their experience will tell them that you're not being straight with

That is, any one of them could go to a public place, like a mall, in a
relatively affluent neighborhood, stop 100 randomly-selected people,
and ask them what they know about the properties of special
quadrilaterals.  They would find that only a handful would even know
what a "special quadrilateral" is; even fewer would be able to name a
property of one; and still fewer would be able to name some practical
use for that information.  And yet, the majority of these people would
be leading relatively successful lives.  Which would say a lot about
the ostensible "value" of this information.  

Your students know this, and pretending that they don't just 
undermines your credibility.  

Except to a very small number of people, the properties of special
quadrilaterals aren't of any importance at all.  What IS important,
though, is learning how you go about solving a problem that you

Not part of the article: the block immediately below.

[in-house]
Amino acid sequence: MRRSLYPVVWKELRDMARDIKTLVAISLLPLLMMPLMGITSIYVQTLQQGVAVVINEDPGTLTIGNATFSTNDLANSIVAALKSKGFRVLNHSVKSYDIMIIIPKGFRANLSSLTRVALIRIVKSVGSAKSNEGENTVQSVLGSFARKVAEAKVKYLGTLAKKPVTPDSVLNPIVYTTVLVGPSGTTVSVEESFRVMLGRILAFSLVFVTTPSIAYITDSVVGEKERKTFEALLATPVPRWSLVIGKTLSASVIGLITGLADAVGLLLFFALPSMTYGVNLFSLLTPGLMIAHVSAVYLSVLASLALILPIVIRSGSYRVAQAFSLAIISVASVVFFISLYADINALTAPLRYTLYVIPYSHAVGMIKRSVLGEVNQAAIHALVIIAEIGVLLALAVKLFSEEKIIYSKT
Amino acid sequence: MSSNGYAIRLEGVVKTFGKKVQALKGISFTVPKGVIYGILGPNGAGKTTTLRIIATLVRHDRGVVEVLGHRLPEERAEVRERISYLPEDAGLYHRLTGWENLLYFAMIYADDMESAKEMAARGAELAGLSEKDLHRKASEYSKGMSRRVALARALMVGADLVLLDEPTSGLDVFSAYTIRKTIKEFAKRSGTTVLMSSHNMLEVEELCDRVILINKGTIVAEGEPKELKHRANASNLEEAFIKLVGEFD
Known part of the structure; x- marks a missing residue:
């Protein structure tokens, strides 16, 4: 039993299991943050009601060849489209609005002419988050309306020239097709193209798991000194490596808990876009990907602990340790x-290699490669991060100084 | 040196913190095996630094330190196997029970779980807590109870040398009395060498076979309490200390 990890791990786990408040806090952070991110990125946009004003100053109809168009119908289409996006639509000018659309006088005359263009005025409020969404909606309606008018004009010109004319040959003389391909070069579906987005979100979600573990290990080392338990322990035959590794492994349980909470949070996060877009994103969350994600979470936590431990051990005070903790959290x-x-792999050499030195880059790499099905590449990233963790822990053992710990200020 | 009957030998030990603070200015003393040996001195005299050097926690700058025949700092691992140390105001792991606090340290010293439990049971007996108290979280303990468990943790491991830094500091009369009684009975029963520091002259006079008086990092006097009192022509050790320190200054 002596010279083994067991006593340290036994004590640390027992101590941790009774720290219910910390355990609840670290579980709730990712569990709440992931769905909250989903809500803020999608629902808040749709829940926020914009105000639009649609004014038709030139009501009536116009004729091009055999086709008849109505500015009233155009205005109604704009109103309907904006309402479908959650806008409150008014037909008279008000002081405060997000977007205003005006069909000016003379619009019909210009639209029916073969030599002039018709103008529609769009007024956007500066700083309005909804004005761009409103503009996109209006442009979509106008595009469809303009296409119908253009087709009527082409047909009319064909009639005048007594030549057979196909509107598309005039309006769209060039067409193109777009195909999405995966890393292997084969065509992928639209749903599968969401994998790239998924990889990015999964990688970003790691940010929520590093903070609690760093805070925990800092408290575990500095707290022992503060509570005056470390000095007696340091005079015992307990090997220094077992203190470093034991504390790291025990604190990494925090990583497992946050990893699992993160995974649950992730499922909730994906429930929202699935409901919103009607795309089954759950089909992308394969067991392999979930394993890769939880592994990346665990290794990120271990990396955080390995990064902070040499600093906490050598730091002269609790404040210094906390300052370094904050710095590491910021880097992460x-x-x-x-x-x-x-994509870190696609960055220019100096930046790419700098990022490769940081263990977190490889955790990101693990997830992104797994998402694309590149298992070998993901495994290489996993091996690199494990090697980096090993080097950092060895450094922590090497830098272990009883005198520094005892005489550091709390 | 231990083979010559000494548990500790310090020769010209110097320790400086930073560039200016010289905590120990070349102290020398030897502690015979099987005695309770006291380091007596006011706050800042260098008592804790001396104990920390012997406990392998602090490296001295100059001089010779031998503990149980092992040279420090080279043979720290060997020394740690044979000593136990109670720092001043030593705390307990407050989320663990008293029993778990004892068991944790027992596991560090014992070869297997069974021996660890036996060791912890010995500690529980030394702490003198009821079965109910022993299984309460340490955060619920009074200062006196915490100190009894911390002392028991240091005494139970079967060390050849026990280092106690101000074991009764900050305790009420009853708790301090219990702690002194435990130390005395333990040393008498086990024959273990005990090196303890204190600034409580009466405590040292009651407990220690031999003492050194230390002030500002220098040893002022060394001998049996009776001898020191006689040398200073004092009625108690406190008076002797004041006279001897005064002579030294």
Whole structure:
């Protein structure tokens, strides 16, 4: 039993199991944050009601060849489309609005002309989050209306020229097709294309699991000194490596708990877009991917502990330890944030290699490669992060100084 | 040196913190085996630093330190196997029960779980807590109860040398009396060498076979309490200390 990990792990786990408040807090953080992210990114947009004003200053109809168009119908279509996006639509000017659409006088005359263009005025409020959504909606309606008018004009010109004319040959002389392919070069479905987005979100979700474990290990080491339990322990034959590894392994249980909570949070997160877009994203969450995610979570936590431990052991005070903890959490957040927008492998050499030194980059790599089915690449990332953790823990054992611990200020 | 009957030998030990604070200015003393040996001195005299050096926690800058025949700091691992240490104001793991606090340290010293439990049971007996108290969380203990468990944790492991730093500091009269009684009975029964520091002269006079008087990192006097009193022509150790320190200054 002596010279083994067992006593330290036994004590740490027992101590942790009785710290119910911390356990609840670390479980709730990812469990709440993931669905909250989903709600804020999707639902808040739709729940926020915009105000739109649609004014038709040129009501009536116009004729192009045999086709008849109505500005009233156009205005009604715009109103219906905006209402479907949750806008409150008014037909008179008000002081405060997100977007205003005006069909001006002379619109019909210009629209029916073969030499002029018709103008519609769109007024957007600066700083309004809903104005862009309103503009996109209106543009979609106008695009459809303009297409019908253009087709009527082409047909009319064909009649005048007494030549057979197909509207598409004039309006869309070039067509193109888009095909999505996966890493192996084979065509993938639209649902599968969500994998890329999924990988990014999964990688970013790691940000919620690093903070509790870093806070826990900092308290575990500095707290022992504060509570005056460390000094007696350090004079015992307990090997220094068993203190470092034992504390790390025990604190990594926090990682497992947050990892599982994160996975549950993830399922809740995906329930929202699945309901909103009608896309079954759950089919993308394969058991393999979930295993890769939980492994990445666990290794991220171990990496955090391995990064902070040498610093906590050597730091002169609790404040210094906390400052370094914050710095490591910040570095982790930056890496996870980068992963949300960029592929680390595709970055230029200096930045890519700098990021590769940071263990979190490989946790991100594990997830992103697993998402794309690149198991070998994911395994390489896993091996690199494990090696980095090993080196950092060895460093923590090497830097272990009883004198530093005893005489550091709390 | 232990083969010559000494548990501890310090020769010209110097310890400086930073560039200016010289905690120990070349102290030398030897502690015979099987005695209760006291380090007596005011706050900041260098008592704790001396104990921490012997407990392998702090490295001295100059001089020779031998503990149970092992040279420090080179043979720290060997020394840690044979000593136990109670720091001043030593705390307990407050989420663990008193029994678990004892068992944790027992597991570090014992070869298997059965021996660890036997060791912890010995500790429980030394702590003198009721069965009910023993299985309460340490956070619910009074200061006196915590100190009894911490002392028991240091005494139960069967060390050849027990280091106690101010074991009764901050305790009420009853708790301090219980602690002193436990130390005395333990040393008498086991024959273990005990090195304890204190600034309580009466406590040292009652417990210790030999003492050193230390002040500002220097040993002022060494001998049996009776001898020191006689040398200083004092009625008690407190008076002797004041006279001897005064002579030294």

haven't seen before.  If the focus of your activity is on that, and
not on the particular results, then you have an easier sell.  

I like to use this analogy:  When you were very young, you spent a lot
of time doing things like stacking objects up so you could knock them
over.  That's not a skill you use anymore, but the time wasn't wasted.
The point was never to learn a particular skill, but to develop
hand-eye coordination, which is useful in lots of different contexts.  

Math is the same way.  Scientists and engineers use it as a tool for
understanding and designing things, but for most people the value of
math is that it's like a little jungle gym for the mind.  It's a
medium in which we can set up problems of increasing complexity, so
that students can get practice at learning to solve problems using